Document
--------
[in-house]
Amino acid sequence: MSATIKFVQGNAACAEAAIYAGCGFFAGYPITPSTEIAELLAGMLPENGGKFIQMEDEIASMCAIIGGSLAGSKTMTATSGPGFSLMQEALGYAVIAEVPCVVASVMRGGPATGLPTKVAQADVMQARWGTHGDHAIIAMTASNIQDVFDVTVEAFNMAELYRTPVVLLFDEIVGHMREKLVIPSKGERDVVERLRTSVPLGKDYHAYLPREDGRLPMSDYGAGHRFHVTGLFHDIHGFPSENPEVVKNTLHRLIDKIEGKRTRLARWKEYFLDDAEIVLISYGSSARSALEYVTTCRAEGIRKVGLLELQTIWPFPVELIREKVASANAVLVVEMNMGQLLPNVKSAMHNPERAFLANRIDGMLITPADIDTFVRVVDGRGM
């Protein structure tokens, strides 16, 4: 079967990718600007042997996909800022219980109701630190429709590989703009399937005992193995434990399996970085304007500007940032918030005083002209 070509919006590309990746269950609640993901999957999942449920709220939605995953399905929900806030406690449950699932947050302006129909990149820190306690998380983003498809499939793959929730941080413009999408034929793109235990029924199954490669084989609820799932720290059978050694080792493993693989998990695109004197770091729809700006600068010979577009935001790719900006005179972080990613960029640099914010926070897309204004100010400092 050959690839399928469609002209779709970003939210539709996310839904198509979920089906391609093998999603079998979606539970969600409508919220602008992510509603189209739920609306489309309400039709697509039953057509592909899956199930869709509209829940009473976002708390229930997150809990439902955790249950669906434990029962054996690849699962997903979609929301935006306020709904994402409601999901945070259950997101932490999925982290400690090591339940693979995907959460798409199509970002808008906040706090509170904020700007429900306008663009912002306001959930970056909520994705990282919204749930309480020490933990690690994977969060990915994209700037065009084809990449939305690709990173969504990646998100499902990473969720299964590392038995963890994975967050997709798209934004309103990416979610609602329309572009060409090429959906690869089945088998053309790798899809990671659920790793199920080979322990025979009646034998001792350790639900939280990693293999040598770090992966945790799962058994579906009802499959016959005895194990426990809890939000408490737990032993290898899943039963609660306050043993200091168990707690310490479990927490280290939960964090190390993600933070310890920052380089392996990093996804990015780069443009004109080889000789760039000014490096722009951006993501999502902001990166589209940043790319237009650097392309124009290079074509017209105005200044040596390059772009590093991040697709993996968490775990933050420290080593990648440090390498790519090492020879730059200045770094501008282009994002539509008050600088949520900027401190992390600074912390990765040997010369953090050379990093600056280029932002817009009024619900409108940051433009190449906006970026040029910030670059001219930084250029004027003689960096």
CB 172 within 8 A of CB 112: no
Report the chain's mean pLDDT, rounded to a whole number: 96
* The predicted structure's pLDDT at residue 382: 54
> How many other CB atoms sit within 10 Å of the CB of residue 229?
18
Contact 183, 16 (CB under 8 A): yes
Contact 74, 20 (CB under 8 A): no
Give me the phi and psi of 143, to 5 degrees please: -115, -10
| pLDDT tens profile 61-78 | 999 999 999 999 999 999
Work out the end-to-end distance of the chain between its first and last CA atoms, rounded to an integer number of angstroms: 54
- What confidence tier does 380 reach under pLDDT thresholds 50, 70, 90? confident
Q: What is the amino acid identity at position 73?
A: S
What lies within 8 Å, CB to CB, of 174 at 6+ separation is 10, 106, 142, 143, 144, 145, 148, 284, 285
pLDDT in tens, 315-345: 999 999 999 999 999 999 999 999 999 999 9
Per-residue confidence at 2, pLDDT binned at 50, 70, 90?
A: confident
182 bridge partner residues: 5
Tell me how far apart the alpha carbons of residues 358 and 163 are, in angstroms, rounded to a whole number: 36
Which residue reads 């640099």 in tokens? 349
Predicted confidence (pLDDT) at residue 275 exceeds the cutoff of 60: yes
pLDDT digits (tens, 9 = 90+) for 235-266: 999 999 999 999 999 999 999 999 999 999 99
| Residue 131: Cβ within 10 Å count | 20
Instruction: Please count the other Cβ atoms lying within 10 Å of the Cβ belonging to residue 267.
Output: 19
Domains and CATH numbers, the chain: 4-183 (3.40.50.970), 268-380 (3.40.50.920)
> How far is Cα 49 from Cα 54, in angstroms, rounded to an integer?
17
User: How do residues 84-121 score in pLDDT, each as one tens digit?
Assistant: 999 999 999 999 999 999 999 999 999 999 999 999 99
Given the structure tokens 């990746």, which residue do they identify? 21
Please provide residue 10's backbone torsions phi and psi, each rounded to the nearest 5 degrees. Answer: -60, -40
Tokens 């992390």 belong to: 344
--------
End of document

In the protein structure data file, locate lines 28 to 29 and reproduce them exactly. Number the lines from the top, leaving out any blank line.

Output: 19
Domains and CATH numbers, the chain: 4-183 (3.40.50.970), 268-380 (3.40.50.920)